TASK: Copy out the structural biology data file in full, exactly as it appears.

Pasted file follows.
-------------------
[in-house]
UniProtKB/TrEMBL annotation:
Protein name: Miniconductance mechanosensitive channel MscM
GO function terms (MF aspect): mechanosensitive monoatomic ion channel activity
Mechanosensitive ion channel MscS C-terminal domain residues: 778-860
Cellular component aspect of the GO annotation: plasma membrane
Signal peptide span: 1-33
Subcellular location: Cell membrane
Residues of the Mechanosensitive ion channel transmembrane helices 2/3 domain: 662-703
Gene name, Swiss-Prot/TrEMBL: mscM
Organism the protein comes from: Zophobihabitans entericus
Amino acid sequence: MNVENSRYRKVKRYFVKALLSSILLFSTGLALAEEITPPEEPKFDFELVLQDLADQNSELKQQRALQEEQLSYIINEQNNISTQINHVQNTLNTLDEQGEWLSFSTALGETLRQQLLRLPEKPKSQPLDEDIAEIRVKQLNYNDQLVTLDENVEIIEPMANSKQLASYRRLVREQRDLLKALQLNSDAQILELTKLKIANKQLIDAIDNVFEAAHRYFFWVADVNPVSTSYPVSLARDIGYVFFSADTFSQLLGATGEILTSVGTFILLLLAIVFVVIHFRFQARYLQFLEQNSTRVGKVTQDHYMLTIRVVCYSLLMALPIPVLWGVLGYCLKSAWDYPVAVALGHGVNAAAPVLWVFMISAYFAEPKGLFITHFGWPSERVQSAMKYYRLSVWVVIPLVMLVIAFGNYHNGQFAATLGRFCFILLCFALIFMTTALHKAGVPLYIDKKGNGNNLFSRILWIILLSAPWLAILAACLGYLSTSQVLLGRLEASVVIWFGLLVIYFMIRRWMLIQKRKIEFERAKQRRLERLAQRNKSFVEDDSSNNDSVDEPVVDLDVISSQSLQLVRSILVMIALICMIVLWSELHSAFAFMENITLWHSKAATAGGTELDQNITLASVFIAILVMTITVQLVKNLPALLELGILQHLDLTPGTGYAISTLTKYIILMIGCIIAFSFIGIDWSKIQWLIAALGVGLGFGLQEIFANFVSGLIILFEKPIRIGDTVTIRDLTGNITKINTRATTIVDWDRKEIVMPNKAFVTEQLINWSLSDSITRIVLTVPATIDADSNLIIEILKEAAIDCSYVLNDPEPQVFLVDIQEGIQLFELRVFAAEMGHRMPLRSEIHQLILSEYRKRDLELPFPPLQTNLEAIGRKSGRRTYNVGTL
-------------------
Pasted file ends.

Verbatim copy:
[in-house]
UniProtKB/TrEMBL annotation:
Protein name: Miniconductance mechanosensitive channel MscM
GO function terms (MF aspect): mechanosensitive monoatomic ion channel activity
Mechanosensitive ion channel MscS C-terminal domain residues: 778-860
Cellular component aspect of the GO annotation: plasma membrane
Signal peptide span: 1-33
Subcellular location: Cell membrane
Residues of the Mechanosensitive ion channel transmembrane helices 2/3 domain: 662-703
Gene name, Swiss-Prot/TrEMBL: mscM
Organism the protein comes from: Zophobihabitans entericus
Amino acid sequence: MNVENSRYRKVKRYFVKALLSSILLFSTGLALAEEITPPEEPKFDFELVLQDLADQNSELKQQRALQEEQLSYIINEQNNISTQINHVQNTLNTLDEQGEWLSFSTALGETLRQQLLRLPEKPKSQPLDEDIAEIRVKQLNYNDQLVTLDENVEIIEPMANSKQLASYRRLVREQRDLLKALQLNSDAQILELTKLKIANKQLIDAIDNVFEAAHRYFFWVADVNPVSTSYPVSLARDIGYVFFSADTFSQLLGATGEILTSVGTFILLLLAIVFVVIHFRFQARYLQFLEQNSTRVGKVTQDHYMLTIRVVCYSLLMALPIPVLWGVLGYCLKSAWDYPVAVALGHGVNAAAPVLWVFMISAYFAEPKGLFITHFGWPSERVQSAMKYYRLSVWVVIPLVMLVIAFGNYHNGQFAATLGRFCFILLCFALIFMTTALHKAGVPLYIDKKGNGNNLFSRILWIILLSAPWLAILAACLGYLSTSQVLLGRLEASVVIWFGLLVIYFMIRRWMLIQKRKIEFERAKQRRLERLAQRNKSFVEDDSSNNDSVDEPVVDLDVISSQSLQLVRSILVMIALICMIVLWSELHSAFAFMENITLWHSKAATAGGTELDQNITLASVFIAILVMTITVQLVKNLPALLELGILQHLDLTPGTGYAISTLTKYIILMIGCIIAFSFIGIDWSKIQWLIAALGVGLGFGLQEIFANFVSGLIILFEKPIRIGDTVTIRDLTGNITKINTRATTIVDWDRKEIVMPNKAFVTEQLINWSLSDSITRIVLTVPATIDADSNLIIEILKEAAIDCSYVLNDPEPQVFLVDIQEGIQLFELRVFAAEMGHRMPLRSEIHQLILSEYRKRDLELPFPPLQTNLEAIGRKSGRRTYNVGTL